What is the most effective group structure? Many people who are acknowledged to have made great contributions to society have worked alone, but it is very easy for individuals to go "off track" and feedback is required to some degree, as well as other things. It is also very difficult to separate the idea from its influences. Many others work in pairs or small teams, as this reduces the negative effects of large groups. Successful firms generally start off as very small, creative enterprises. Many people think that brainstorming in large groups enhances creativity, but large groups bring with them politics, status differentials, group think, dilution of ideas and conformity among other things.
|The role of knowledge||
What type and level of knowledge helps creativity most? Can someone with limited knowledge of a field make a significant contribution to it? Does excess knowledge cause blinkered vision? A wide variety of knowledge and experience is helpful - intellectual cross-pollination fosters creativity. A wide variety of knowledge can be gained through collaboration and networking, which overcomes competency traps and other negatives.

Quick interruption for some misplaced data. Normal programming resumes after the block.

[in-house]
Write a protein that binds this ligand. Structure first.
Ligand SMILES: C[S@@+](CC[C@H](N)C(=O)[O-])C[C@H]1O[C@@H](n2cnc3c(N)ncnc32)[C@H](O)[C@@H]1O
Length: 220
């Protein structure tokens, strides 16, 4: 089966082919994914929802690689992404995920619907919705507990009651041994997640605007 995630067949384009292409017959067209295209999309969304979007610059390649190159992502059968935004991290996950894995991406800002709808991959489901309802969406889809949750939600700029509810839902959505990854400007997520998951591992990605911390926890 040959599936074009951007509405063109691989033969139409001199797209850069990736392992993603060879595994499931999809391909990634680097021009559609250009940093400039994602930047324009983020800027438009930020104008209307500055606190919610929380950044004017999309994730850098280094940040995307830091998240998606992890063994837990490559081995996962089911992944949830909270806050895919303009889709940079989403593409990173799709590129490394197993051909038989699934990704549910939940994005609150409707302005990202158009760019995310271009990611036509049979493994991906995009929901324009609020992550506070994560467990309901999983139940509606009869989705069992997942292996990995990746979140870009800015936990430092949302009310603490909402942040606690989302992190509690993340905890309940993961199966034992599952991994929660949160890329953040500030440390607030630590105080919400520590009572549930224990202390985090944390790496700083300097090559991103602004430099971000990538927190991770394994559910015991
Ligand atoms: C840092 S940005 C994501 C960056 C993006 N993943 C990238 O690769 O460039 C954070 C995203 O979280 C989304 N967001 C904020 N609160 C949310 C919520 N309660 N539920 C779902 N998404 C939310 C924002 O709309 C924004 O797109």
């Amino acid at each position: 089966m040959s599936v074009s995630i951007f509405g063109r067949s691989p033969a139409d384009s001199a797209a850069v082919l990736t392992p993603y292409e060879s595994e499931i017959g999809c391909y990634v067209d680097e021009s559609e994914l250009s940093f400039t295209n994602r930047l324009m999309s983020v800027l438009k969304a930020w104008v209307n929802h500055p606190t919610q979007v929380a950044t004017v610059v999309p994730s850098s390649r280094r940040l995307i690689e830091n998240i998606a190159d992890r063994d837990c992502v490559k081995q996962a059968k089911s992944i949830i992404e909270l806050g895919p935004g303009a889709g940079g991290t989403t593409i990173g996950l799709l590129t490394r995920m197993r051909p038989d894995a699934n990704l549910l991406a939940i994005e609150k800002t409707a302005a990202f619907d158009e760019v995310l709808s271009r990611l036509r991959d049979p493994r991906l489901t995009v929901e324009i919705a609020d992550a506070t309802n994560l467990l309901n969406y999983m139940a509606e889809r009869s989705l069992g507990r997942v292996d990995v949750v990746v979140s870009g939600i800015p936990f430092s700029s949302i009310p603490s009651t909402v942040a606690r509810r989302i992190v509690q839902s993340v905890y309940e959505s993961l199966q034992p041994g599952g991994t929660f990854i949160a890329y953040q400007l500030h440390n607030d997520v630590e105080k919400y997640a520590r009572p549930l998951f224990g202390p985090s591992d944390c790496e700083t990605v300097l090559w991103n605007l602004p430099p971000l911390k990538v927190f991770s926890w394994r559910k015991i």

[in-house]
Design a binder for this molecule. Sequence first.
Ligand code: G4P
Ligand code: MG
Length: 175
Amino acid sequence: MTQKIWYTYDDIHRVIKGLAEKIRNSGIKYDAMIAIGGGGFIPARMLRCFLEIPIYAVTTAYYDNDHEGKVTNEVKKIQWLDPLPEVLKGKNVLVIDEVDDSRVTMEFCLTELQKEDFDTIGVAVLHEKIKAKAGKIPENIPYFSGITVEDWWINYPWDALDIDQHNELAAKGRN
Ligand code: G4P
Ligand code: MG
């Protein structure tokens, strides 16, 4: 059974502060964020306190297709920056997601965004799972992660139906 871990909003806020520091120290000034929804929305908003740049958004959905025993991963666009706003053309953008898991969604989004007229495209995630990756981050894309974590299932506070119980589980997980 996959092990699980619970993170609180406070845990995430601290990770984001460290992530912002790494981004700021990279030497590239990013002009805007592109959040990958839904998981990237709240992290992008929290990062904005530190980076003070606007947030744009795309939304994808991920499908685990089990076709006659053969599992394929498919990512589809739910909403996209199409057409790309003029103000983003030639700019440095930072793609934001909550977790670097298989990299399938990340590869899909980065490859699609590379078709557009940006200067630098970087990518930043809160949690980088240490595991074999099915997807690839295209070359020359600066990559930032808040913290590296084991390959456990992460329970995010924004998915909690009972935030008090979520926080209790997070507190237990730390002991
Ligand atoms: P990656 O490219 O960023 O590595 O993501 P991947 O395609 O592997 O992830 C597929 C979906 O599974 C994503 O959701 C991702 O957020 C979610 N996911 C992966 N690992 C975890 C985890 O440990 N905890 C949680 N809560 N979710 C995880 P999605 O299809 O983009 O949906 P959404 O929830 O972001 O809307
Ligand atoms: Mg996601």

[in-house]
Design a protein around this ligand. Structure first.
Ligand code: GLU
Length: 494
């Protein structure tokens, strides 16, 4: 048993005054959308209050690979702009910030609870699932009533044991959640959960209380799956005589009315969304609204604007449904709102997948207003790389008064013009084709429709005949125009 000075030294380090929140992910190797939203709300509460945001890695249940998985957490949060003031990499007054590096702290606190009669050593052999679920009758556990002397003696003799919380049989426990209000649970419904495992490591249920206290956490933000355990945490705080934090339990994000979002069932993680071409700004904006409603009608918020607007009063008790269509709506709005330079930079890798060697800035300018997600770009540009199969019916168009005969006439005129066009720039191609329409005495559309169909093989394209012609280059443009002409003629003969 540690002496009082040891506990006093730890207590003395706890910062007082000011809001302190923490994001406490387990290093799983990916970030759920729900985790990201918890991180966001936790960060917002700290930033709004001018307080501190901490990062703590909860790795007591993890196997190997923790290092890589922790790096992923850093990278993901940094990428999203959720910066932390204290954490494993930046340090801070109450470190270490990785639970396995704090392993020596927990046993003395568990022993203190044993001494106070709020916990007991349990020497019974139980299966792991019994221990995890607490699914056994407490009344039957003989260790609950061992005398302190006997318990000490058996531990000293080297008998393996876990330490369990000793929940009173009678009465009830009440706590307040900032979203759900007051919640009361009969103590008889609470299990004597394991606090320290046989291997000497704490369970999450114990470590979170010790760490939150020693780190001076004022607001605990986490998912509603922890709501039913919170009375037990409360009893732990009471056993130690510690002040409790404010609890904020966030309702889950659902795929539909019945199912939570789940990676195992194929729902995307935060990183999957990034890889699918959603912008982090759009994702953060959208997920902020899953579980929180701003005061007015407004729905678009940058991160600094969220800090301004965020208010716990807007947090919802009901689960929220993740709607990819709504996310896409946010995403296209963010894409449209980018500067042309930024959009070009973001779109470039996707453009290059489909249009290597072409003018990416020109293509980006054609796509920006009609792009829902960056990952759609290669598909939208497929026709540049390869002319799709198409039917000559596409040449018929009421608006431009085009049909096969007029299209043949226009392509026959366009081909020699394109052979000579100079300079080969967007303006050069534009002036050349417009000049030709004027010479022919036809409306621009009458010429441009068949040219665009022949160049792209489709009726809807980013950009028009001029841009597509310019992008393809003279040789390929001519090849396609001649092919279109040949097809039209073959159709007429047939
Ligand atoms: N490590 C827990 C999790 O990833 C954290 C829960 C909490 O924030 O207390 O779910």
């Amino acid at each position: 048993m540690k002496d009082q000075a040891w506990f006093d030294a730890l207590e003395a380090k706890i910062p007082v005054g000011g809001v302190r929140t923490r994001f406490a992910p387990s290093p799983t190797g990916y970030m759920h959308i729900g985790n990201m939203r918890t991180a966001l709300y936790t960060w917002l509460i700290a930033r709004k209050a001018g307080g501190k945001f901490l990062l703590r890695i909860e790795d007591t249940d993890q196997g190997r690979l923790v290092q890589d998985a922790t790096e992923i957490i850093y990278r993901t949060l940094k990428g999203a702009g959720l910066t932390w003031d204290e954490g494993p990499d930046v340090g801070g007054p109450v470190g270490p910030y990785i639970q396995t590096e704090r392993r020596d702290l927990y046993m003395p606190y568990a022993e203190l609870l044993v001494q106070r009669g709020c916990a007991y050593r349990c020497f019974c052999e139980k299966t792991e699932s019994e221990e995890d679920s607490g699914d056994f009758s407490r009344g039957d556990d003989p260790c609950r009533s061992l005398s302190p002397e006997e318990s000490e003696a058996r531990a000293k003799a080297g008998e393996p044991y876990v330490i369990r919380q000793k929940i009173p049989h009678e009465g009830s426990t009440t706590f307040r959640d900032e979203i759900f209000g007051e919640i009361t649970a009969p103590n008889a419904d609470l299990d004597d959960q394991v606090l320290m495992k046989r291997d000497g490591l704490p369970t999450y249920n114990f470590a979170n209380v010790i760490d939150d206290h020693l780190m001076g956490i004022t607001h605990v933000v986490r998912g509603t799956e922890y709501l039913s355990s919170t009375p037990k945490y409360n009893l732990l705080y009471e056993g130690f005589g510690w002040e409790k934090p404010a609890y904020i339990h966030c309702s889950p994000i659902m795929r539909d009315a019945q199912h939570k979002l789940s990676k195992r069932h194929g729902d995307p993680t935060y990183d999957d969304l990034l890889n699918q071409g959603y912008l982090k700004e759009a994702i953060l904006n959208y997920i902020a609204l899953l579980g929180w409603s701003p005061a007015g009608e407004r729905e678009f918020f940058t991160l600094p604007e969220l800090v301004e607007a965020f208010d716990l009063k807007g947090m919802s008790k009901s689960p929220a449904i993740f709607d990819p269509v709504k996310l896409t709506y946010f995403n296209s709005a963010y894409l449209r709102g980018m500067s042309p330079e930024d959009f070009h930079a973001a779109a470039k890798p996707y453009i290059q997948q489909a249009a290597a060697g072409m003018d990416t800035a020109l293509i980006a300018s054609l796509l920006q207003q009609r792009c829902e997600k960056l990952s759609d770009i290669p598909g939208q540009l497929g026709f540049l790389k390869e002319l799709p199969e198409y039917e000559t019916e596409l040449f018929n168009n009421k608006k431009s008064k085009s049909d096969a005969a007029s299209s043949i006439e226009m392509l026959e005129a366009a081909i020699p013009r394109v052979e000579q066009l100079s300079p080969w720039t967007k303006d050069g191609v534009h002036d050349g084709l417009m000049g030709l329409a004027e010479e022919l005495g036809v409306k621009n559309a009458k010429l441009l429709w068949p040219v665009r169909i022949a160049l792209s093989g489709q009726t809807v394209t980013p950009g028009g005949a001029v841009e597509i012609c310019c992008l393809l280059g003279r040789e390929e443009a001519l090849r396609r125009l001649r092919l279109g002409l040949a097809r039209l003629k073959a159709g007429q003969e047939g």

|Radical versus incremental creativity||
Radical / transformational / disruptive creativity is very much glamorised. But is this what is required most often? Is radical really radical or the result of incremental improvement? How is radical defined? If we want a radical idea as opposed to an incremental change, what are the implications? Incremental and radical creativity require vastly different structures, processes, skills and resources.